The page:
Former politician’s son gets suspended sentence for spousal violence

Photo: Canva

Mert Çiller, the son of former Turkish prime minister Tansu Çiller, was handed down a suspended sentence and fine for willful injury and threats against his estranged wife, Zeynep Çiller, the Evrensel newspaper reported on Friday.

Çiller received a suspended sentence of six months for issuing threats and a suspended fine of TL 4,500 ($140) for deliberate injury, according to the report.

During the court proceedings, Zeynep Çiller documented the violence she suffered with a series of photos, a medical report issued by the Council of Forensic Medicine (ATK) and witness statements.

Last year Mert Çiller was sentenced to three months of detention in an attempt to compel him to pay his wife the temporary alimony set by the court.

The couple is also in the midst of divorce proceedings.

There have also been allegations that Tansu Çiller had used the couple’s children to threaten her daughter-in-law.

Tansu Çiller, a right-wing politician who served as Turkey’s first female prime minister in the 1990s, has recently returned to prominence with her outspoken support for President Recep Tayyip Erdoğan and his government.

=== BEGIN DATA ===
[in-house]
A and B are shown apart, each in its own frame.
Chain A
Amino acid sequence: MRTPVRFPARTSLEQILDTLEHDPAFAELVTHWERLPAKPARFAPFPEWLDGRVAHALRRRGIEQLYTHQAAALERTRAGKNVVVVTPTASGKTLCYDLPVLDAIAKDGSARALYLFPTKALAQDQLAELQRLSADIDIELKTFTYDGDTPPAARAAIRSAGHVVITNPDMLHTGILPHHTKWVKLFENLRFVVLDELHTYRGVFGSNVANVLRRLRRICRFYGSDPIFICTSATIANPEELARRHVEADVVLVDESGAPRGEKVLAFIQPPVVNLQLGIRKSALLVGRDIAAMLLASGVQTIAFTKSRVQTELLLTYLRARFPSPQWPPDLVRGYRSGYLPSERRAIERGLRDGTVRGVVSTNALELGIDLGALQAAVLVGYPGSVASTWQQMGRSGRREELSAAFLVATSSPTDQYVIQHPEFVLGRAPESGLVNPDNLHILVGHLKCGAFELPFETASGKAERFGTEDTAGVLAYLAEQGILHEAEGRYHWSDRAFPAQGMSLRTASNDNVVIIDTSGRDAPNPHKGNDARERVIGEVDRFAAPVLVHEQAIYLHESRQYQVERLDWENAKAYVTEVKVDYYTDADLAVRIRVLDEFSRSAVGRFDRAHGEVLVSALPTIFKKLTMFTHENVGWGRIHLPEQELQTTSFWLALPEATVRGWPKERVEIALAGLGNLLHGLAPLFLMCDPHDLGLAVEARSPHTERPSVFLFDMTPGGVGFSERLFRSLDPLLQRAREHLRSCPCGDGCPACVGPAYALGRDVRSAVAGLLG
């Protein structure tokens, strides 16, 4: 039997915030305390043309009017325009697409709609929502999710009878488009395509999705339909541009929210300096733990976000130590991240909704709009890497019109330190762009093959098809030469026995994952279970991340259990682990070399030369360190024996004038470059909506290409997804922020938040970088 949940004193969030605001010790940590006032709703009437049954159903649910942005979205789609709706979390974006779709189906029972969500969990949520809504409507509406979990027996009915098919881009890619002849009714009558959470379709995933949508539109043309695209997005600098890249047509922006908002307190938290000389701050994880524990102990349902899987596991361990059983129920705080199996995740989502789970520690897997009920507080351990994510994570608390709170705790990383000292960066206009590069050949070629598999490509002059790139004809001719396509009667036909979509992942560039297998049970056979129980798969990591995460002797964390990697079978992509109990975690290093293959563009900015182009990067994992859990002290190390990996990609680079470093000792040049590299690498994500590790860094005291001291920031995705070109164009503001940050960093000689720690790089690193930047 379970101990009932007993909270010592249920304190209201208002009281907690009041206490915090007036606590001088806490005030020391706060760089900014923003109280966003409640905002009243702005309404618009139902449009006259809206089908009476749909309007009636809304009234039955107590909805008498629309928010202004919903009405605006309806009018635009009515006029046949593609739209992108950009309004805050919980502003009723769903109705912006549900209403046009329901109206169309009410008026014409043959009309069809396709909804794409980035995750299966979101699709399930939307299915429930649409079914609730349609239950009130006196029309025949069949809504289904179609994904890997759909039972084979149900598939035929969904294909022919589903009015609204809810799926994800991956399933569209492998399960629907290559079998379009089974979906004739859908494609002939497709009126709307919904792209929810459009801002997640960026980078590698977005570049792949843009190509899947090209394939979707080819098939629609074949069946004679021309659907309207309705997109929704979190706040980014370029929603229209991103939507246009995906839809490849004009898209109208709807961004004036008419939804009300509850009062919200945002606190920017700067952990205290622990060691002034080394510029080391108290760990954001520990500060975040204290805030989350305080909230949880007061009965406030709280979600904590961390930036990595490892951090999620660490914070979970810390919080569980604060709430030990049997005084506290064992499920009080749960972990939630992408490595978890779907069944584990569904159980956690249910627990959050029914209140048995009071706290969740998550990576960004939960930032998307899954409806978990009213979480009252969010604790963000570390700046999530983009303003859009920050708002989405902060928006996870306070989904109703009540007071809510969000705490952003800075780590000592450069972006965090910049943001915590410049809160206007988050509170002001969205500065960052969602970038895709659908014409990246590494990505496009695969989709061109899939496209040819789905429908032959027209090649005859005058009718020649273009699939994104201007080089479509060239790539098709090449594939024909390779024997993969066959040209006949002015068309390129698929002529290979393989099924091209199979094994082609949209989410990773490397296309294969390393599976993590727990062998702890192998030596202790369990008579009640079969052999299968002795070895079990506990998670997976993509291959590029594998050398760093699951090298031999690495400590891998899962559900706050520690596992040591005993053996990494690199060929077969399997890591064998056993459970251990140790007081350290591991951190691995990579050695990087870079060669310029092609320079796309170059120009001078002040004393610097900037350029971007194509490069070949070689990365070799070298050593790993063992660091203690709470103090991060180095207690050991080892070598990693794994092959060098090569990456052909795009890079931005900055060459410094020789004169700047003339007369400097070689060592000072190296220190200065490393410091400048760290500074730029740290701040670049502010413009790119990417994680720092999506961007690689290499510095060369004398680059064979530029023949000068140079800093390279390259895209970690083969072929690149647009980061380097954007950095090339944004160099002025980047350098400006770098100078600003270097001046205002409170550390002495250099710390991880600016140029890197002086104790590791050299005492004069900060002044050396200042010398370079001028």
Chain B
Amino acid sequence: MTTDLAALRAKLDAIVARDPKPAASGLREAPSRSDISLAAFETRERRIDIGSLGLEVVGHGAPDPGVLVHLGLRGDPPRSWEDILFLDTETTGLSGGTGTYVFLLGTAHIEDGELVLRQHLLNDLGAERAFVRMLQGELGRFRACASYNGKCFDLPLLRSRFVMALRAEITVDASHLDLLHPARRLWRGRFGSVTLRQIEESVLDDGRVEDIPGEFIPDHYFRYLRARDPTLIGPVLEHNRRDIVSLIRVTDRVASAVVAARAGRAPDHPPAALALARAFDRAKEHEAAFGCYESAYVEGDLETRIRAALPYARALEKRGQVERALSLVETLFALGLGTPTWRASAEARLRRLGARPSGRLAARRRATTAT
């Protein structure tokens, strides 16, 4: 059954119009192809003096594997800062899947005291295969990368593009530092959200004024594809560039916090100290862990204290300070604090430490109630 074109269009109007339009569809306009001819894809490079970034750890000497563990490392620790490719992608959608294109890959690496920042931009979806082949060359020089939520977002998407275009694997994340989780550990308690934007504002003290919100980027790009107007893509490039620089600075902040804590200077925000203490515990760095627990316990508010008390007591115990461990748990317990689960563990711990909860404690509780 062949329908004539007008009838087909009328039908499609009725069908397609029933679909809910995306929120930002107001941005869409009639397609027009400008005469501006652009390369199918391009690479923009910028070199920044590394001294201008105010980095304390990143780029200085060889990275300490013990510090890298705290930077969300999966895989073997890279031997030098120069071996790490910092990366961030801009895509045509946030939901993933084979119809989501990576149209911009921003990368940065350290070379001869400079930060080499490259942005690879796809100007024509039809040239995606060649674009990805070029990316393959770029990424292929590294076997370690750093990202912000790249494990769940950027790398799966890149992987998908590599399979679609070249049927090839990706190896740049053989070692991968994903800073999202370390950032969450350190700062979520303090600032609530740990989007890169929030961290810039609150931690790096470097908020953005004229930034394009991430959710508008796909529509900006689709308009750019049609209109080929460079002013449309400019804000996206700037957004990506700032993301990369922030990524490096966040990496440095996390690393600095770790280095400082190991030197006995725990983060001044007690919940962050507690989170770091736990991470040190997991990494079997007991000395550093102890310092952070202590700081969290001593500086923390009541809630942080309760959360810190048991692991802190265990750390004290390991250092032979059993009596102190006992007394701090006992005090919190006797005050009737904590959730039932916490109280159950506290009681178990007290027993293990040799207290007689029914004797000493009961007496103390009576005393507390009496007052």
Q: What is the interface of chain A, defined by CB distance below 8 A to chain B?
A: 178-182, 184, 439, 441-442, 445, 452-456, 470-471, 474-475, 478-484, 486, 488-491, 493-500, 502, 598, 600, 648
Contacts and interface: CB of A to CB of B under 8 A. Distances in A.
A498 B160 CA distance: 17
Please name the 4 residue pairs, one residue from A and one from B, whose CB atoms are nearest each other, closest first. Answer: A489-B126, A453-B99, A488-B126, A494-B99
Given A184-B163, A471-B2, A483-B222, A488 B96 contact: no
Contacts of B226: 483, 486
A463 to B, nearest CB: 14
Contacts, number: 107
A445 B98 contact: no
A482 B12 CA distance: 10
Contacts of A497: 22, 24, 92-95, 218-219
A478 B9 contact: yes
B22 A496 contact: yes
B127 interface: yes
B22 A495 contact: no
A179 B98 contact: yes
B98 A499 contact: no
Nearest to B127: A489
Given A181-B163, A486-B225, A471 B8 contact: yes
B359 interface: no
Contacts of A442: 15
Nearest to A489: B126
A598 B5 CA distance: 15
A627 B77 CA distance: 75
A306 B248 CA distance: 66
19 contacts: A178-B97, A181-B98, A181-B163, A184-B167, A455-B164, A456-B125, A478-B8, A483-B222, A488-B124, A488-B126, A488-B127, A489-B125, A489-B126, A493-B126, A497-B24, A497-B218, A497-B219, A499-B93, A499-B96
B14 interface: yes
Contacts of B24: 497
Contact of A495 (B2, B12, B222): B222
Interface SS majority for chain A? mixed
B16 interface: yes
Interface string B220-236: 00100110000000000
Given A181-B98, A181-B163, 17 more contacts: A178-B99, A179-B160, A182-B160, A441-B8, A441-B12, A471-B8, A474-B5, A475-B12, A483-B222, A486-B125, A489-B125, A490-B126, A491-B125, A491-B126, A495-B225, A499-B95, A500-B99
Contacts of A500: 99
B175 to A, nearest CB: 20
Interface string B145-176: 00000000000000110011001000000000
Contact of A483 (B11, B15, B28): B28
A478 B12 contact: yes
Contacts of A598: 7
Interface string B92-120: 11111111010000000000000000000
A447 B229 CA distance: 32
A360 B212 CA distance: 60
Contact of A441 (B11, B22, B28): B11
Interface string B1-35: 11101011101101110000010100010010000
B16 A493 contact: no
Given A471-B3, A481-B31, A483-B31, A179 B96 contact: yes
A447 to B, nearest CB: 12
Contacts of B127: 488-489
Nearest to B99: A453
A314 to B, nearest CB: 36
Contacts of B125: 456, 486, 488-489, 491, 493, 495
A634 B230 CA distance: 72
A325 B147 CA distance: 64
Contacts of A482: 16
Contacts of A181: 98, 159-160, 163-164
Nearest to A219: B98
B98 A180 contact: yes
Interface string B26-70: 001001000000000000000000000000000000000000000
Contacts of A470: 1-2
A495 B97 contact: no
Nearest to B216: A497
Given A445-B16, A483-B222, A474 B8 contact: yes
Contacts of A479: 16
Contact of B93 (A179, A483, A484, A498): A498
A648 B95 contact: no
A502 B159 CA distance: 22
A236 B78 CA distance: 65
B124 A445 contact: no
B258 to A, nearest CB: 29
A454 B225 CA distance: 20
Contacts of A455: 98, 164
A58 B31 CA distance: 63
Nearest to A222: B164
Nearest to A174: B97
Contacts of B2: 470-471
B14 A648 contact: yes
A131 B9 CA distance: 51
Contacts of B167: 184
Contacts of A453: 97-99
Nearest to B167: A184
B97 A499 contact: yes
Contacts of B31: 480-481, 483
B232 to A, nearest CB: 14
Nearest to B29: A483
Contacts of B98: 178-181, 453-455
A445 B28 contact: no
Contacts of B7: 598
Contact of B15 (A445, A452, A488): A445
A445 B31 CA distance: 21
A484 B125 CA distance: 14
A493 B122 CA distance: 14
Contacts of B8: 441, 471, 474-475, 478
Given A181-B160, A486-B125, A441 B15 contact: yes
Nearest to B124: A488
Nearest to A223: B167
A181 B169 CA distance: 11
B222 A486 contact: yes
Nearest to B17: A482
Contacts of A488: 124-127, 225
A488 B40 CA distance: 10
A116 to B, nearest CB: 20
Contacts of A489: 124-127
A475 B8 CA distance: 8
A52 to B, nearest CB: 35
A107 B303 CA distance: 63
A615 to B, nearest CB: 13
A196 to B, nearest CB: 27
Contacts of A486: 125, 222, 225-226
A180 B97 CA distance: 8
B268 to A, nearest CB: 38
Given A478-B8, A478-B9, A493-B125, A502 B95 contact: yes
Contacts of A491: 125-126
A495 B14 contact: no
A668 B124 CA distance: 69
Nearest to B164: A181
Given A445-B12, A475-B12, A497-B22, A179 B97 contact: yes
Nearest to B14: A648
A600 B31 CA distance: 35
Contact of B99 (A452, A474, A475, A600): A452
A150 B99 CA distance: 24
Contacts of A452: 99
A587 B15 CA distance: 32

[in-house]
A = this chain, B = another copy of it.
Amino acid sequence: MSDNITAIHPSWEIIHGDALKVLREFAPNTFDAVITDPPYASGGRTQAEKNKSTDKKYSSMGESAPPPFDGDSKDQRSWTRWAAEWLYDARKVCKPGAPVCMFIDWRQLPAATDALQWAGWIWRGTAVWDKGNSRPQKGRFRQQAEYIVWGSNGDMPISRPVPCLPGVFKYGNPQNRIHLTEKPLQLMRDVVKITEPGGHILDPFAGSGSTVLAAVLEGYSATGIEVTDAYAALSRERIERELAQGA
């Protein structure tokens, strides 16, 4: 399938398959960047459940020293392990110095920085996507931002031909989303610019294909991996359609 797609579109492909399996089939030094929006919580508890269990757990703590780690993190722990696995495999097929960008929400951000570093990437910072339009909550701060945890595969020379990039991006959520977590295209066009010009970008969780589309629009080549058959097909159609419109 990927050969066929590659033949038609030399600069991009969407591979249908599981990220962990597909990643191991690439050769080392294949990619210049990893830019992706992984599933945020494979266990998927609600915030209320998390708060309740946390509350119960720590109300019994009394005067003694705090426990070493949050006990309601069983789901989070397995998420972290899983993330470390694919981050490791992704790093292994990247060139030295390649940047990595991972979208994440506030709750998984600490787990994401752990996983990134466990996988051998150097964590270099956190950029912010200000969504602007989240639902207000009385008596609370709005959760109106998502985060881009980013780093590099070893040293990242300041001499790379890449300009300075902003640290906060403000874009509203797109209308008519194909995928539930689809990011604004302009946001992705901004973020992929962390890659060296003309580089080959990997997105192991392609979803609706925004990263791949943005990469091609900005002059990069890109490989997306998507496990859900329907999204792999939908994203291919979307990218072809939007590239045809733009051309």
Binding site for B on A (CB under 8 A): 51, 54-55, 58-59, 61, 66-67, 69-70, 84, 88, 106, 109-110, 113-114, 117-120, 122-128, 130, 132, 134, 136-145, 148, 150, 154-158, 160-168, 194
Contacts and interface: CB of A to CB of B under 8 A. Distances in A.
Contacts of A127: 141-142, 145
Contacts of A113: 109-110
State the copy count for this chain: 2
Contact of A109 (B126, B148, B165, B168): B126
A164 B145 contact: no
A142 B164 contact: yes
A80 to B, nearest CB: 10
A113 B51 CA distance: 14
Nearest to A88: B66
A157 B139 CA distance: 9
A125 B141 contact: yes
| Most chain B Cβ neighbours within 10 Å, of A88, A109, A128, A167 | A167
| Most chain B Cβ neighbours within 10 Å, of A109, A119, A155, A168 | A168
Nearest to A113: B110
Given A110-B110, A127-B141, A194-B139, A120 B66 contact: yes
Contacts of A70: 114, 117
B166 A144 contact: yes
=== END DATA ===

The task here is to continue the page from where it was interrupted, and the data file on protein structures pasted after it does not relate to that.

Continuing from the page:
Femicides and violence against women are chronic problems in Turkey, where women are killed, raped or beaten almost every day.

Another Evrensel report said a woman named Neşe Gülmüş was murdered on Thursday evening in the southwestern province of Muğla by her husband, Vedat Gülmüş, with whom she was in the middle of a divorce.

According to the We Will Stop Femicide Platform, at least 315 women were murdered by men and 248 women died under suspicious circumstances throughout 2023.

Many critics say the main reason behind the situation is the policies of Erdoğan’s Justice and Development Party (AKP) government, which protects violent and abusive men by granting them impunity.

Turkish courts have repeatedly drawn criticism due to their tendency to hand down lenient sentences to offenders, claiming that the crime was “motivated by passion” or by interpreting victims’ silence as consent.

In a move that attracted national and international outrage, Erdoğan through a presidential decree pulled the country out of an international treaty in March 2021 that requires governments to adopt legislation prosecuting perpetrators of domestic violence and similar abuse as well as marital rape and female genital mutilation.

The Council of Europe Convention on Preventing and Combating Violence against Women and Domestic Violence, better known as the Istanbul Convention, is an international accord designed to protect women’s rights and prevent domestic violence in societies and was opened to the signature of Council of Europe member countries in 2011.

Erdoğan’s allies have been calling for further rollbacks, urging the repeal of a domestic law that stipulates protection mechanisms for women who either have suffered or are at risk of suffering violence.

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